Ask a Trainer: Dog barking at doorbell

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Here’s a question from our Ask a Dog Trainer section.

Our dog loses it (barking) whenever someone rings the doorbell. Are there any training tips or commands to calm her down in these moments?”

  • Doorbell“First, condition your dogs response so (s)he knows that the doorbell means that something good will happen! Ring the doorbell and give her a piece of chicken (even if she reacts). Repeat for 3 minutes. Break. Repeat again. The point is to make the association that doorbell = chicken. Once (s)he gets it ((s)he will begin to look at you for chicken instead of barking), ask for a “sit” or a “down” after you ring the doorbell and before you treat her. (Doorbell -> Sit -> Chicken!) Soon she will automatically sit when she hears the doorbell, instead of barking. When this is consistent, you don’t need to treat her every time she sits when the doorbell rings, just every so often. (Lauren Wojcik – owner/trainer, Laurens Leash, www.laurensleash.comlaurensleash@gmail.com, 917-261-1128)
  • depending on how often someone rings the bell you can desensitize the dog to bell or even make the bell a signal for the dog to run to a mat or crate and go into down….depending how much time one wants to invest.” (Elisabeth Weiss, DogRelations, http://www.dogrelationsnyc.com)
  • I love the “go to your bed” command for this. It acknowledges to the dog that you heard their “alert”, gives them an assignment (they’re barking in order to serve you, by alerting you), and puts them in a comfortable, safe, and relaxing space. “Go to your bed” must INCLUDE not only going but also lying down, relaxing, and staying until verbally released (“OK!”). After as long a pause as possible (longer and longer as you practice), release your dog from their bed, so that as a reward they get to jump up and go sniff the visitor and get pet (either up to the door to sniff the delivery guy, or after your friend comes in and sits on the couch).” (Anthony Newman, Calm Energy Dog Training, www.calmenergydogtraining.com, www.calmenergy.blogspot.com, (646) 942-1979)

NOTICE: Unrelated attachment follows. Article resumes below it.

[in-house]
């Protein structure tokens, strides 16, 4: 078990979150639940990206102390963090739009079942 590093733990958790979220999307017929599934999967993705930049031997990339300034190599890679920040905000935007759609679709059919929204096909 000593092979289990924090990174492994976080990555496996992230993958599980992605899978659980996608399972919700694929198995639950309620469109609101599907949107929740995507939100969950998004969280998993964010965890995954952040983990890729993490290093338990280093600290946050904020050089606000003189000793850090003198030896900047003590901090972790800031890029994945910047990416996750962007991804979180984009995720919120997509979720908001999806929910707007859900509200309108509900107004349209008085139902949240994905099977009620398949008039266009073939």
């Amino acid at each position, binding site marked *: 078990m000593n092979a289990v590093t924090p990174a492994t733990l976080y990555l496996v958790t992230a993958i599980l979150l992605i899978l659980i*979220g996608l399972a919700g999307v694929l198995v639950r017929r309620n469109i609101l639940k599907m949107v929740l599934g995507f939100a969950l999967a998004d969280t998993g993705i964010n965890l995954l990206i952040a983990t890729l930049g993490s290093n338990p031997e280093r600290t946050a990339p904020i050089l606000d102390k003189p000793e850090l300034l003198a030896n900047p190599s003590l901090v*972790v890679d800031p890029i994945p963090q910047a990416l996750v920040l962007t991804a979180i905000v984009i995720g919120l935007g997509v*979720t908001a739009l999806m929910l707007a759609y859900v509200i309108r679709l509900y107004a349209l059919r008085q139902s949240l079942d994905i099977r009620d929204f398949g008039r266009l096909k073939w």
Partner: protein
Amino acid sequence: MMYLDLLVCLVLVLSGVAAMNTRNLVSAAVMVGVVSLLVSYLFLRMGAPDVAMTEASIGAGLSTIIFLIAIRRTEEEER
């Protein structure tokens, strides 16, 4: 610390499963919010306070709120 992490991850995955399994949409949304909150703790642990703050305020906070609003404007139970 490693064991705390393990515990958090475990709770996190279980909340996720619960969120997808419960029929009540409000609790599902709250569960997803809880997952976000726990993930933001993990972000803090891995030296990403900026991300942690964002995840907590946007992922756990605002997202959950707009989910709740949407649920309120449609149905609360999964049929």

• Obsessive barking is a very difficult behavior to control because it is so self reinforcing. Lots of dogs like to hear themselves bark. The only way to control barking is to teach a “quiet” command and have an effective way to reinforce it. Avoid using food reinforcement with barking because even with perfect timing, it is easy to mistakenly reinforce the barking! Read more at: http://superpawsk9.com/imported-20110119201141/(Dr. Mary Travers-Smith,  Superpaws Dog Training,  mary@superpawsk9.com,  www.superpawsk9.com, 212-781-7197)
  • Yes, unfortunately most people think the training is directed at the actual “barking” although the reason for the training is to calm the barking, you do not correct or address the barking head on, as a matter of fact, we try to divert the dog to something else.   For instance, we change the meaning of the sound of a door bell rining, by doing that, we change the reactions of all persons around, thereby changing the dogs’ reaction as well.” (James Colella Dedicated Dog Training (888) 370-7477 www.DedicatedDogTraining.com)

1 comment to Ask a Trainer: Dog barking at doorbell

  • Shelby

    I like using the Touch, Go to your place command for doorbell barking. Often times there is too much stress/commotion doing on with doorbell barking and asking a dog to sit or lay down is too difficult. Giving your dog the job of checking in with you and then heading elsewhere ( rather than to the door) is most effective. Then a bully stick or Kong when they get to their bed will help keep them there as the guest comes inside. It is important to make sure you get to the root of the issue with barking at the door. Is your dog stressed? Are they excited? You can’t fix the barking if you are unsure of WHY they are barking. Contact: Shelby Semel Dog Training Shelbydogtraining.com